Inter-institutional Collaboration – why bother?

A couple of weeks ago our staff across Manchester and Liverpool organised and participated in a multi-institute event with the Institution of Civil Engineers and the Institution of Structural Engineers, bringing together the Engineering community to share lessons learnt and best practice from a Civil and Structural graduate perspective across a number of contemporary Curtins projects.

Curtins’ speakers  Nushma Juwaheer, Sam Hoyer, Jake Busby, Ben Hughes and Vakass Khaliq all recounted their experience of delivering a technical presentation to a rather imposing audience of over 60 students, graduates and young professionals.

The Curtins projects in the spotlight were:

  • Broughton House Veteran Care Village, Salford – exploring structural philosophy and design in line with the associated phased construction approach and scheme constraints
  • New science and engineering building for Manchester Metropolitan University – how a reinforced concrete frame was being used in line with structural implications such as response factor checks on structural vibration
  • Liverpool Festival Gardens – discussing masterplan delivery in line with finalising a plan considering buildability, phasing and further strategic approaches to the unique site
  • Weavers Quay, in Ancoats (Manchester) – analysing the design approach for a two-block development utilising a movement joint in design to control concrete shrinkage and creep whilst utilising structural software to interrogate the suggested design approach
  • Trinity Riverview – how concrete loading and changes in design can impact on the stability system of the design and building behaviour such as axial shortening


The interactive nature of the event allowed the usual inhibitions of the audience asking questions during a technical presentation to be eradicated. In fact, the environment soon morphed into a collaborative ‘workshop’ with professionals thriving on the opportunity to talk about the complexities and technical nuances of the different schemes through a Q&A format.


Human relationships in their most basic form are complex enough. Within engineering and construction, communication between all stakeholders is crucial to not only keep a building standing but also keep it fully operational.


Through the technical presentations and open discussion, it was evident that no matter the scheme challenges, consultants and contractors need to pay increasingly close attention to the relationships between architectural features, structural frameworks and the integration of civils designs such as drainage. The reason for this? To not only share the universal goal of delivering project success for the client but to gather valuable insight into key lessons learnt without a sole focus on individual agendas.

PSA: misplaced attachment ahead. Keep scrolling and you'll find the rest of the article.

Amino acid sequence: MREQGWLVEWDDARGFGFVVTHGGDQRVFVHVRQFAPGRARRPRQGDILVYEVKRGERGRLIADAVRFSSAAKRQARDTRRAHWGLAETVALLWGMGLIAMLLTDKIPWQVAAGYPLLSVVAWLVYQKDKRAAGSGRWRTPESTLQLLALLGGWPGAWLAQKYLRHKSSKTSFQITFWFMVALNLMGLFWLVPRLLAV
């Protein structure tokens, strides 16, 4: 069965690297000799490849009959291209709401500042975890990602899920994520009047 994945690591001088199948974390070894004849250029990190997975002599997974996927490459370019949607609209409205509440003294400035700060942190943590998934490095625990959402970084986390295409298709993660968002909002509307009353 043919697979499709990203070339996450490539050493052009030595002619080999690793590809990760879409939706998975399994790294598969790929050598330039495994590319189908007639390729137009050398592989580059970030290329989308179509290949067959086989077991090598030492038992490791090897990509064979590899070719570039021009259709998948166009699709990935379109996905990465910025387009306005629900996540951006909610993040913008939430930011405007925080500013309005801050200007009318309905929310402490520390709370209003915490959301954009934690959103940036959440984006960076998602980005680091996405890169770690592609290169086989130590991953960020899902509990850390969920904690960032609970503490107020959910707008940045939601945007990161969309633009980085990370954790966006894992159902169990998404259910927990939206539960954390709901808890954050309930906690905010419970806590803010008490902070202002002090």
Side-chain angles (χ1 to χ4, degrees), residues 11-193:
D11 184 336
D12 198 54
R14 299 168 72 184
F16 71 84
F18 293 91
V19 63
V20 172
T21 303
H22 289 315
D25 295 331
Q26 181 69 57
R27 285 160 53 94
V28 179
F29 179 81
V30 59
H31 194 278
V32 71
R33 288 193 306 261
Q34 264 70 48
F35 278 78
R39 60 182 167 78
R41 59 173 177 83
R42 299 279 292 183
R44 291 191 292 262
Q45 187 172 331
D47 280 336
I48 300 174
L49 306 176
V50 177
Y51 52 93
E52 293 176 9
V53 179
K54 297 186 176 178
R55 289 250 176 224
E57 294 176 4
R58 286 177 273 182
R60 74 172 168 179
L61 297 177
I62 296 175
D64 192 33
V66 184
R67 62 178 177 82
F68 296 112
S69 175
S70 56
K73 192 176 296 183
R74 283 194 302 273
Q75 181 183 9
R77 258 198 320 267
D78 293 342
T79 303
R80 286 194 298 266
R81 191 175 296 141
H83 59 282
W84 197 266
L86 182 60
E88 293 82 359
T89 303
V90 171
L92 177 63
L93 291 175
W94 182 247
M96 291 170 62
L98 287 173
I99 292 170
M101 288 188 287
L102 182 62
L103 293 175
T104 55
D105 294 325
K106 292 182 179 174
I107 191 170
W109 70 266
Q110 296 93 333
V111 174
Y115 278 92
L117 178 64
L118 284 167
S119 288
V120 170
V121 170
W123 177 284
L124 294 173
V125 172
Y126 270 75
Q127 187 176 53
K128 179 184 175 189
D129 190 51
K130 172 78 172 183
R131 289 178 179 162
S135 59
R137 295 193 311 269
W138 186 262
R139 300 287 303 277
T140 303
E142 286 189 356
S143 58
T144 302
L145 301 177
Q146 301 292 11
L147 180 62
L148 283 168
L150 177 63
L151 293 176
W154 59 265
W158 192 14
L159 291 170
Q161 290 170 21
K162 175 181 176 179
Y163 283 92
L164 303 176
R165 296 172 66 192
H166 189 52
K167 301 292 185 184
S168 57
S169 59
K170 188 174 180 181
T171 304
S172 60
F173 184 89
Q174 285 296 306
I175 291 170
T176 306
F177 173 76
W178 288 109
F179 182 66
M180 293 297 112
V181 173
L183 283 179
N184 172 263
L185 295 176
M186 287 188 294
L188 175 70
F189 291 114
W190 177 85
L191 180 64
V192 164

Sam commented, “it was interesting to hear and compare thoughts and experiences with other engineers in the industry.”


There is boundless knowledge transfer that can be achieved across projects and industry. And the best part – is that engineers are open to it!

Nushma adds, “Whilst I was chairing the ICE North West Graduates and Students committee in 2019, one of my main goals was to promote and strengthen inter-institutional events and links. I consequently put forward the idea of us graduates talking about some of the schemes we’ve all been working on as a joint event between the ICE and IStructE to showcase some of the amazing work we’ve been doing at Curtins.”


So, what was the key message of the event? Share, share, share!


Overall, feedback from the event supported the group’s instinct of opening multi-institute dialogue through project reviews. Regardless of specialism or technical knowledge, the core competencies and skills of an Engineering or Construction Built Environment Professional should be the same, sharing the same characteristics and language. One particularly eminent theme across the event was the mindset of continual improvement, the ability to seek innovation and new solutions to new problems.


Advancing technology and tools such as BIM (building information modelling) is radicalising the design interaction from co-ordination to enhanced production, providing stakeholders with accessible and exchangeable data at the touch of a button – something which has never been so readily available.


Now has never been a better time to encourage multi-disciplinary and institutional integration so boundaries are dissolved, and the industry moves more towards a genuine collaboration where all parties support, challenge and question each other.